Tuesday, 16 February 2016

Orhodoxy in Hinduism and beliefs 03

Please read my first two parts of  this post. 

The orthodox Hindus across India, though their beliefs are similar, there are some variations from state to state. The following are the facts that  may need emphasis:

01. Prohibition of wearing upper clothes for men in some temples:  In some temples, in  particular, Thiruchendur Murugan temple, at Chidambaram Nataraja temple, before entering the Kanaga Sabha and in all Kerala temples, male devotees are not allowed to wear upper dress - shirts, etc. Only a  peace of  cotton cloth  across the shoulder  called Anghavasthiram is allowed by the temple dress regulations. The philosophy behind it, "no matter who you are, how rich you are, before the almighty everybody is equal. No distinction between the rich and the poor." As for women, they are allowed to wear saris, Salvar and Kameez. No flashy dresses that might mar the sanctity of such places.

02. Once inside the temple, devotees should chant the Bhagavath Naama - God's names or chant mantras. Must avoid engaging in gossips, politics, verbal duals, splitting, urinating, etc. Further, speaking loud on the temple premises is not a good  habit. So is jumping lines and proceeding to the front with out following temple norms.

03. Visiting temples in the early morning and in the evening is good. Wearing just upper cloth while praying in the temple shows our capacity to accept renunciation as we will be approaching middle age soon.
 

04. Allowing women during ''period'': 

Lately it has become a controversial issue because of women's rights and empowerment. However, in the past women during period were not allowed darshan inside the temple. Such an act will affect the cleanliness of the place.  In the past and also at present normally  most women, on their own accord, do not enter the temple for prayer when they go through the mensuration cycle. However, a section of women objected to it on the ground that it is an act of discrimination against women.

05. Going round the Prakaram in the temple: 


After prayer inside the main shrine, people go round the temple for two reasons: 1. To concentrate on chanting mantras on deities, 2. It is a kind of physical exercise to walk along the rough granite stones. Normally one can go round the temple one time or thrice or nine times (nine represents Navagraha). In many Hindu temples of Tamil Nadu, the prakaras are long.

06. In some temples of Shiva devotees are   not allowed to go round the Garbagrha or 'Sri Kovil'. Some barricade will be there to prevent the devotees to enter beyond that point. According  to the Hindu mythology the river Ganga has her origin on the Sirasu or head of Lord Shiva and flows down  round the inner Prakaram of Sri Kovil or sanctum sanctoram. Ordinary mortals like us, it is believed, should  not either interpret  her path of flow. Or is it advisable to trespass the barricade despite the warning. Yet another theory is Lord Shiva's long  flowing jaadamudi - matted hair  lies across the path behind the 'SriKovil.'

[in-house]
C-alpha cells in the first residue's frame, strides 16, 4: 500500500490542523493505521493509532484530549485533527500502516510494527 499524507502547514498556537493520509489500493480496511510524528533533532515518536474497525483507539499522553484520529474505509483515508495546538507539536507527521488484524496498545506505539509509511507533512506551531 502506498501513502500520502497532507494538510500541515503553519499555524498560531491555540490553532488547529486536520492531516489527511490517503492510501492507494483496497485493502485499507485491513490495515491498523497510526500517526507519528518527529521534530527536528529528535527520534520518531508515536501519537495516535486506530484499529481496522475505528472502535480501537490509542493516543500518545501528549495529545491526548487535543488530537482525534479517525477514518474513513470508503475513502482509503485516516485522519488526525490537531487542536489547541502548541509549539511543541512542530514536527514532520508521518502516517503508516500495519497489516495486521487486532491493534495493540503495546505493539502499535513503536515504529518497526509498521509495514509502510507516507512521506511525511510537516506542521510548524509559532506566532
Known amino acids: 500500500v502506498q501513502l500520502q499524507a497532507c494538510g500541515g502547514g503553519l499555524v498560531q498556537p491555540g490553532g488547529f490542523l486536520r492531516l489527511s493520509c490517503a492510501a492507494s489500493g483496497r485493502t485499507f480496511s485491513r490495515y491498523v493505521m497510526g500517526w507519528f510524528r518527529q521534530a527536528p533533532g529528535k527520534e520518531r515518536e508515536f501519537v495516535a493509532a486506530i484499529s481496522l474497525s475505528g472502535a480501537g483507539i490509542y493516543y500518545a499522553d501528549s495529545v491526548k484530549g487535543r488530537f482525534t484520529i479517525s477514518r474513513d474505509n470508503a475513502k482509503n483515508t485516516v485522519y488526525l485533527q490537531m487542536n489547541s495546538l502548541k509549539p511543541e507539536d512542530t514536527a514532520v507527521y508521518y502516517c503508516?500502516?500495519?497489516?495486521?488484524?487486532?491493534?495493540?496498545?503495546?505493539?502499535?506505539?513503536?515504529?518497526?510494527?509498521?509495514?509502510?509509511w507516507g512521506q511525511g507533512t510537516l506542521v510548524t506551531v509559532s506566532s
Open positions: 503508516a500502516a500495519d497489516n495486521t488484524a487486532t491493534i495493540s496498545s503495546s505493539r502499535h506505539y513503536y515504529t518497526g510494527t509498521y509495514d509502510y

07. The purpose of visiting temples is to unload our frustrations, worries, mental agony, etc. In the Western society highly stressed  people go to 'shrinks' clinic and lie on the table, shell out hefty bills after unloading their frustrations and strange fears, etc. Fortunately we have numerous temples where we can share our feeling with the god and off load our mental agony and stoic sufferings.

To reduce your stress in the temple, fully concentrate on the innumerable deities there and  light up oil lamps  before  small shrines. This way you can lighten up  your worries and improve your positive thoughts and make the shrines shine in the radiance of light better. This way  "light" will dispel our unnecessary fear and ignorance and instill confidence in us. Yet another advantage is our stress gets reduced when our mind is focused on something.

08. Worshiping in front of the Kovil - temple entrance:

It is not a sign of true devotion to offer prayer right in front of the temple. However, one can stand on the sides for worshiping. It is believed that the Jiva Sakthi  flows from the main shrine in the form of a serpent straight through the center of the entrance. On the sides when we stand with our hands in supplication Jeevasakthi, it is believed, passes through our finger into our body. Boomi(earth /ground) Sakthi through small finger;  Aaksh Sakthi -air (For aathma balam/strength) through thumb;  Agni (fire) sakthi (mental prowess) through center finger; Jala (water) Sakthi (for body strength) through ring finger;  Vaau Sakthi (strength of feelings) through index finger.

09. Does Tulsi Teertha gives us benefits?  In all temples, especially, it has been a tradition to give Tulsi Teertham in Vishnu temple. This Theertham is collected from the abisheka water and is purified and not polluted. At home one can drink Tulsi water by gently boiling water in a vessel with several leaves of Tulsi. It is good for cold and cough.

10. Temple Flagstaff: 


There is no temple in India that does not have a flag staff - called Dwajasthambam.

Main sannadhi (shrine) view with Dwajasthambam,. veludharan.blogspot.com
either made of an alloy of five metals or copper. In some rich temples they are gold plated. In any temple before the commencement of major temple festival, tradition has it, before that event, the temple priests on an auspicious day hoist the temple flag amidst chanting of mantras. Flagstaff is considered an integral part of the temple the bottom of the flagstaff has close connectivity with the Sri Kovil/ Garbagraha and the middle part with Sri Devi. Kodimaram or Dwajsthambam standing  vertically is symbolic of Kundalani Sakthi atop the staff; upward movement of Jeeva Sakthi through Pranayamam.

      (Minir corrections made: March 05, 2016)